Congratulations you successfully configured the Azure integration for CommVault Simpana! Let’s play around..
6/ Compared to other clients, we need to manually create a BackupSet. Right-click on the Azure Virtual Server Instance and choose “All Tasks > Create New Backup Set“.
7/ Now we can navigate to the subclient in the freshly created BackupSet and discover the virtual machines within the Azure environment. Let’s start with discovering the Virtual Machines by navigating “Azure Virtual Server Instance > All Tasks > Refresh Cloud Services“. Please note, this process can take some time to complete (it took about 5 minutes from my end).
We discovered the virtual machines witin the Virtual Server Instance, let’s add the discovered virtual machines to a subclient. Go to the properties of the subclient and click on “Content > Configure“. In the newly opened window, click on “Discover“. After the virtual machines are discovered, add them to a subclient.
Impressions and thoughts:
1/ I encountered some troubles when I wanted to create a BackupSet (when I called it “DefaultBackupSet” it gave me some errors as it already existed?) or ran a backup of virtual machines in the cloud.
The integration with Azure itself is pretty simple and easily to be configured. If you want you can start Virtual Machine LifeCycle Management or VMware conversion.
2/ I noticed, we have the ability to discover virtual machines and add them to a subclient. When I ran a manual backup of them, the backup fails with the following message: “No virtual machines were discovered for this Subclient. Please check the Subclient content“. In the vsdiscovery.log file I noticed the following records:
3012 1 05/03 17:54:44 1017 ### ### — Connected to subscription [d6528d95-4f97-4d44-8d7a-************]
3012 1 05/03 17:54:47 1017 ### ### — Discovered 3 host services
3012 e54 05/03 17:54:48 1017 VSDisc::DiscoverVMs() – — Discovering VMs —
3012 e54 05/03 17:54:48 1017 VSDisc::ProcessContent_Inventory() – Processing Inventory [All:17]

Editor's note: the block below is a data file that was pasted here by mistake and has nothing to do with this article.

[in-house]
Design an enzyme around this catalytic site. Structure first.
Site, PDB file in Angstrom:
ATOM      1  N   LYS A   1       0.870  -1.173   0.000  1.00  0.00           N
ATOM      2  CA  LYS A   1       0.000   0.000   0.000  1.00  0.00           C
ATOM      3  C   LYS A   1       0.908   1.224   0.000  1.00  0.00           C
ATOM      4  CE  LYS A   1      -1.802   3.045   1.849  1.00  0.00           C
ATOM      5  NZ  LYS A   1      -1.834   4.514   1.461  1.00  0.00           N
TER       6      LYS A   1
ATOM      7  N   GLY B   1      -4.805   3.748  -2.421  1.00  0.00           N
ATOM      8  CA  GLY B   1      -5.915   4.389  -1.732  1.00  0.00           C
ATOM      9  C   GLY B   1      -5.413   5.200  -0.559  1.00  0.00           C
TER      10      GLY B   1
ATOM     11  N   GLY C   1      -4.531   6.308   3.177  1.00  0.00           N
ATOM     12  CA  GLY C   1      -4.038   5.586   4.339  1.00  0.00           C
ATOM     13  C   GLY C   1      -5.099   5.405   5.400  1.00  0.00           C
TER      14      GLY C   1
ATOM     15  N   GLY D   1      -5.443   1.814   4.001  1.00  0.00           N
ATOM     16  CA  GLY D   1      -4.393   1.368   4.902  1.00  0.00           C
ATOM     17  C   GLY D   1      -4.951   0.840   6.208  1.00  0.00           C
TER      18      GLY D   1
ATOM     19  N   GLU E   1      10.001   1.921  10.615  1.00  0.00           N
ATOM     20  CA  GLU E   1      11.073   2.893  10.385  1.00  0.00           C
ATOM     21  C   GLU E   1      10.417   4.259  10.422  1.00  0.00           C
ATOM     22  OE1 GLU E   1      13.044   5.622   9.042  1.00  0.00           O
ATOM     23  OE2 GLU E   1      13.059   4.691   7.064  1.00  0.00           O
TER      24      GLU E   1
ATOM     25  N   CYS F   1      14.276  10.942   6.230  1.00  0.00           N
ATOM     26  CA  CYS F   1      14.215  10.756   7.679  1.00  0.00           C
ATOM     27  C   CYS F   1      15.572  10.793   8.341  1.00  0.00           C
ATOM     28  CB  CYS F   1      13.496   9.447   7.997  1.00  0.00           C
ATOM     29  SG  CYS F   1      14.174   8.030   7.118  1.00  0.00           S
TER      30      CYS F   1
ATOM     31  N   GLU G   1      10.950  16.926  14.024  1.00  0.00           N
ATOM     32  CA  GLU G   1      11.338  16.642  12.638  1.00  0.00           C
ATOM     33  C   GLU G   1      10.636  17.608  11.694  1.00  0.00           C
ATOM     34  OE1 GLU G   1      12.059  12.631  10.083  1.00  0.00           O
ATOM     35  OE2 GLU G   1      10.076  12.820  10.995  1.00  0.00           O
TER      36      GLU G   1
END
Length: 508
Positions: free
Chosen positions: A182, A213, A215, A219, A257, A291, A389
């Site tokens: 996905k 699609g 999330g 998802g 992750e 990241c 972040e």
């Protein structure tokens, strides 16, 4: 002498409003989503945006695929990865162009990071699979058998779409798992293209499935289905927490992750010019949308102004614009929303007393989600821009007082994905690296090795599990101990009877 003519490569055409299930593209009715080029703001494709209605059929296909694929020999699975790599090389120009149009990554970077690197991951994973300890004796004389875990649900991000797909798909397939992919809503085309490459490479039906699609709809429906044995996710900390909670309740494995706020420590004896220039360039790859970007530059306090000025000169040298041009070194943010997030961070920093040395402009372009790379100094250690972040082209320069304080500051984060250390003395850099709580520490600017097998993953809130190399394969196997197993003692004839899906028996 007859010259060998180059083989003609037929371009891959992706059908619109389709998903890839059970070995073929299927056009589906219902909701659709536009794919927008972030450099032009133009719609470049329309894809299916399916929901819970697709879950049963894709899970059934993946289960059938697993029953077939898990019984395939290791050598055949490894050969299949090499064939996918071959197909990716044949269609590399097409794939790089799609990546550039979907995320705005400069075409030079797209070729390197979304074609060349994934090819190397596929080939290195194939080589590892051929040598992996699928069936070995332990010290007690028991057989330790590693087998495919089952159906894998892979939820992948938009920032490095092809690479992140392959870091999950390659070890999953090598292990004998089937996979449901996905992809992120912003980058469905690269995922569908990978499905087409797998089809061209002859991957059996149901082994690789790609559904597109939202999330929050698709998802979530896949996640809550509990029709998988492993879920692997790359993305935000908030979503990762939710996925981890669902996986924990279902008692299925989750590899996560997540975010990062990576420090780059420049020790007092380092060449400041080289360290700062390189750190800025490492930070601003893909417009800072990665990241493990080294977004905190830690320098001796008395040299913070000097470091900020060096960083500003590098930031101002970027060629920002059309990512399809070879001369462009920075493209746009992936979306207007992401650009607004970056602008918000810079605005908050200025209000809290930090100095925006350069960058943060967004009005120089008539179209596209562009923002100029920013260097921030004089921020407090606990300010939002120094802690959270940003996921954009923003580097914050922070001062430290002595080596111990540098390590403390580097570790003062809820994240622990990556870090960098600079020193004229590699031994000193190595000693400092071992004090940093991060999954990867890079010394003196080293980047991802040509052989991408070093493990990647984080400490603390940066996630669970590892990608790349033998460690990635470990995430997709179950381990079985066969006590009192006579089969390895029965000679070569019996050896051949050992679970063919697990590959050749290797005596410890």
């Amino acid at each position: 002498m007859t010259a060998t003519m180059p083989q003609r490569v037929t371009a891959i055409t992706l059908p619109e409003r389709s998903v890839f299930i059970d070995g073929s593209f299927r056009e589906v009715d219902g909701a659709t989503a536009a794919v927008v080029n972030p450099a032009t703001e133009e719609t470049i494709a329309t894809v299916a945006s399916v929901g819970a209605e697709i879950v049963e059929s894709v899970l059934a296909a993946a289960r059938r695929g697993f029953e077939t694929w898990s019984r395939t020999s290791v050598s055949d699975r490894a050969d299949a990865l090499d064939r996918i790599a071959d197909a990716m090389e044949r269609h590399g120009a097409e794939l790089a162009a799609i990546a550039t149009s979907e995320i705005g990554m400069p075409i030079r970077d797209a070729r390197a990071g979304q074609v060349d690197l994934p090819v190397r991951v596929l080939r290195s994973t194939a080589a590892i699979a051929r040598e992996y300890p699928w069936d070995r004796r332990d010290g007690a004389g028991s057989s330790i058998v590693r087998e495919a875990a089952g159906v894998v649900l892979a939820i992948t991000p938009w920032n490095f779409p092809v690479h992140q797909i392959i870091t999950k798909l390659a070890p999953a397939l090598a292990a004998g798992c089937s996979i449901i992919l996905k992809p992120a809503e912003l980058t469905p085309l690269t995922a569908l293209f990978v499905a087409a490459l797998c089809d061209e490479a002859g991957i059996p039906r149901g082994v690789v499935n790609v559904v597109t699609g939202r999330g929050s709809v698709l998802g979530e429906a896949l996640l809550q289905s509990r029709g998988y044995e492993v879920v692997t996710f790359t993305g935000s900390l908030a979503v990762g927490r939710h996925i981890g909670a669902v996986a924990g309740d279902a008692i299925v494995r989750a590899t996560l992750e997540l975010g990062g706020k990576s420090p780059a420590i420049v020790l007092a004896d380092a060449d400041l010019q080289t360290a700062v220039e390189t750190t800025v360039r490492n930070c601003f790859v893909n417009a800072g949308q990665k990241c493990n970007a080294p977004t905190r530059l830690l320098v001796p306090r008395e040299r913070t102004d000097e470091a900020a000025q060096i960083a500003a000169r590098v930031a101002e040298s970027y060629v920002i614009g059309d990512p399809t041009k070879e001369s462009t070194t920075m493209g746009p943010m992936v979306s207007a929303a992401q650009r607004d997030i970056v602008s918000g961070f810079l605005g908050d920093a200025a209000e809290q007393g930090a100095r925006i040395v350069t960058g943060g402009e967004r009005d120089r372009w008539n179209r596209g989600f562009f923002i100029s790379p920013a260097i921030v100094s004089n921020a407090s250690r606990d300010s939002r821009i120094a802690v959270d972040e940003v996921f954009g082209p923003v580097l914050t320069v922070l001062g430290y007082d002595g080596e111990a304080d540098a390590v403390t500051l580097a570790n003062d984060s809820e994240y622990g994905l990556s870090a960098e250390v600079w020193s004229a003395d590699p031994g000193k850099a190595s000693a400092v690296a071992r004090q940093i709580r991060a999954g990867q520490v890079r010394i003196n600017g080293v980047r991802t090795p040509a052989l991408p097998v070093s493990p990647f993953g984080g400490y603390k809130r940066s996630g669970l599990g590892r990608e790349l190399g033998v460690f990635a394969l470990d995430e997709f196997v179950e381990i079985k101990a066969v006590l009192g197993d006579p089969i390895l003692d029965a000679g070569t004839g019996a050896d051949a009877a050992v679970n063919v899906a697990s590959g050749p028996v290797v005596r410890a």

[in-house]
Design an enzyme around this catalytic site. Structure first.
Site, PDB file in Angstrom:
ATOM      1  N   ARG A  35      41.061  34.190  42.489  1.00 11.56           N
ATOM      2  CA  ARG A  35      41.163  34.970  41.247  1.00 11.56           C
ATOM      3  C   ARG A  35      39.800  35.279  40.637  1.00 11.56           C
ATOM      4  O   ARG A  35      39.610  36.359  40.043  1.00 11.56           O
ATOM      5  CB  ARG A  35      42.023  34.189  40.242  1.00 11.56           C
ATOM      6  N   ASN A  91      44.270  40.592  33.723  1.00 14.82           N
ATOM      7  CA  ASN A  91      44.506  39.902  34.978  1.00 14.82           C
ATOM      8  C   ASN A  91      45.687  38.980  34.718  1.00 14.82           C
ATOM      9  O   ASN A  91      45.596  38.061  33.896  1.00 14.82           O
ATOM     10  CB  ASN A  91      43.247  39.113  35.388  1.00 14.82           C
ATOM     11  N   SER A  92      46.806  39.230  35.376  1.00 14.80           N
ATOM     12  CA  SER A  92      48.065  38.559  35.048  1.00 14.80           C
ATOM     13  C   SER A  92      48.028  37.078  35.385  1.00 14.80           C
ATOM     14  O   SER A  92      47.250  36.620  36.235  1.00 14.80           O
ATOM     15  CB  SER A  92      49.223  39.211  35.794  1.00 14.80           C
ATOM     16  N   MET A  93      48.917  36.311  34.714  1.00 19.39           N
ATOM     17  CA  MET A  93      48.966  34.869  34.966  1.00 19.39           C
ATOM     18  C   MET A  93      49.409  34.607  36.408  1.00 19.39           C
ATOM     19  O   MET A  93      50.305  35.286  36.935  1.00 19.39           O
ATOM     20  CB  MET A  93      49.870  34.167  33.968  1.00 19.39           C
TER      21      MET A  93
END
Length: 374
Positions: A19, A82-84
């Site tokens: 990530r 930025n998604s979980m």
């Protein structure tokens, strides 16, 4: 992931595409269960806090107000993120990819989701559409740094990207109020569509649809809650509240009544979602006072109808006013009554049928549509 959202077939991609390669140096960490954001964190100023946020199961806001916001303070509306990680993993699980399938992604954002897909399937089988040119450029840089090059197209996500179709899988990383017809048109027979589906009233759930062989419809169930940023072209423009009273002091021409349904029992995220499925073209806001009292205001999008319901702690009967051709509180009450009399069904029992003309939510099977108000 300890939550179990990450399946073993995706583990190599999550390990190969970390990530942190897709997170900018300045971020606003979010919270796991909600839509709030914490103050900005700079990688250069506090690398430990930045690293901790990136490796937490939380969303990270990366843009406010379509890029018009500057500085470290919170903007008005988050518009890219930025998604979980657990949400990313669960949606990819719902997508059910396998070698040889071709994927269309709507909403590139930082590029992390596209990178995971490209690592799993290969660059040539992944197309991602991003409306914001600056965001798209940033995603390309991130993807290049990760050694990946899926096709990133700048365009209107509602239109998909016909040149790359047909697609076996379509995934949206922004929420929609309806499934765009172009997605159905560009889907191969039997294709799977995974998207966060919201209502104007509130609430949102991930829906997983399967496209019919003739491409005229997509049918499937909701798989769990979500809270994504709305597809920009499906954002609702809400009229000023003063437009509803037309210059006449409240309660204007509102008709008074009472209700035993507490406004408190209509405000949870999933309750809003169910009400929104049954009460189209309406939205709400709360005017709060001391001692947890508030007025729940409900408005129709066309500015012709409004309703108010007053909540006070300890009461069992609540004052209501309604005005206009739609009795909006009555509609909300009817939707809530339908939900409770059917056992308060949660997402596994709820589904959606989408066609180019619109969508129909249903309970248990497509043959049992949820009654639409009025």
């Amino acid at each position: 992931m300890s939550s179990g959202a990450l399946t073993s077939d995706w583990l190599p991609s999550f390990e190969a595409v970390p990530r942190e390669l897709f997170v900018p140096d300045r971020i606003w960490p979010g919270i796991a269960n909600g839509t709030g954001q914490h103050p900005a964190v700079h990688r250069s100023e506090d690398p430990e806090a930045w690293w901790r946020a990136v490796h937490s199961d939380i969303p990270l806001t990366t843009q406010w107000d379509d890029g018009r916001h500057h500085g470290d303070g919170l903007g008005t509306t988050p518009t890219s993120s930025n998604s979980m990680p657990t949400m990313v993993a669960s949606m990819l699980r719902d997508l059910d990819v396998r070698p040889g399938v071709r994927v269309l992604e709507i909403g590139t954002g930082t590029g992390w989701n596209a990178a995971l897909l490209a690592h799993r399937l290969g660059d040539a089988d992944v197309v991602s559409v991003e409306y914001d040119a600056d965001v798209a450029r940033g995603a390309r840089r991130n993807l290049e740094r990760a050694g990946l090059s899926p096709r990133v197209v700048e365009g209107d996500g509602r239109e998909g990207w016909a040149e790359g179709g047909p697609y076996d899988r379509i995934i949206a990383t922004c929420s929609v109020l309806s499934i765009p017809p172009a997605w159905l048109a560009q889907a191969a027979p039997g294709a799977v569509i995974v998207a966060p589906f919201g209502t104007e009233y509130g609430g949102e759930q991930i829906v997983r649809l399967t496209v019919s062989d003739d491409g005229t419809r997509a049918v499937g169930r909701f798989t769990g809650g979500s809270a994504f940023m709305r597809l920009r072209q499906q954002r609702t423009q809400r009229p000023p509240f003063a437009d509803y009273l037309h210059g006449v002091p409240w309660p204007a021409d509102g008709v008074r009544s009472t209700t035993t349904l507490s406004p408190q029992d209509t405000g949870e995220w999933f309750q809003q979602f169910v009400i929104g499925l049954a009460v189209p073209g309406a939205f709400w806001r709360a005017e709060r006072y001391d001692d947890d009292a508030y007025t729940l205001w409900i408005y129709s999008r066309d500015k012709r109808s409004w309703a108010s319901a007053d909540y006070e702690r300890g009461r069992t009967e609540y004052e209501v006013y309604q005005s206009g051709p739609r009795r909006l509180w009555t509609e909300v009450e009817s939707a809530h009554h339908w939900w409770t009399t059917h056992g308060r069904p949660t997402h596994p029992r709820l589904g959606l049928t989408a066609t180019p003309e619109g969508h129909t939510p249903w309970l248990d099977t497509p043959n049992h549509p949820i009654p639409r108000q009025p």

3012 e54 05/03 17:54:48 1017 VSDisc::ProcessContent_Inventory() – Found  VMs from Inventory [All:17] 
3012 e54 05/03 17:54:48 1017 VSDisc::_ProcessContent_Item() – Discovered  VMs from item  on server [RRE-AZURE]
3012 e54 05/03 17:54:48 1017 vsAppMgr::getAllNonDefaultSubclientContents() – Reading content for all subclients
3012 e54 05/03 17:54:48 1017 VSDisc::ProcessSubClientContent() – Processing Subclient [RRE-AD01] Content
3012 e54 05/03 17:54:48 1017 VSDisc::_ProcessContent_Item() – Discovered  VMs from item [\] on server [RRE-AZURE]
3012 e54 05/03 17:54:48 1017 VSDisc::ProcessContent_List() – Discovered  VMs from List
3012 e54 05/03 17:54:48 1017 VSDisc::VMArchPopulateVMCollect() – [VMArchiving] VM Archiving is only supported for VMware vCenter instances.
3012 e54 05/03 17:54:48 1017 VSDisc::DiscoverVMs() – — Discovered  VMs —
3012 e54 05/03 17:54:48 1017 VSDisc::DiscoverVMs() – —————————
3012 e54 05/03 17:54:48 1017 VSDisc::AddVMsAsSimpanaClients() – There is nothing to backup
3012 e54 05/03 17:54:48 1017 VSDisc::Run() – Discovery completed successfully
3/ Documentation mentions the Microsoft Azure client as a prerequisite for VM Lifecycle Management and Virtual Machine conversion. Something I will look into in a later phase!
I noticed the Microsoft Azure Virtual Machine which is preinstalled with CommVault Simpana is without the Operations Manager. The Operations Manager is a prerequisite for VM Conversion or VM Lifecycle Management.
4/ Virtual Machines in Microsoft Azure are not auto-discovered. Auto-Discovery works only on VMware ESX, Microsoft Hyper-V & Citrix Xen. It means the administrator needs to run a manual discovery each time a new virtual machine has been deployed.
I really think this is something we need to follow-up on. I expect some amazing things in the nearby future related to cloud integration and so on!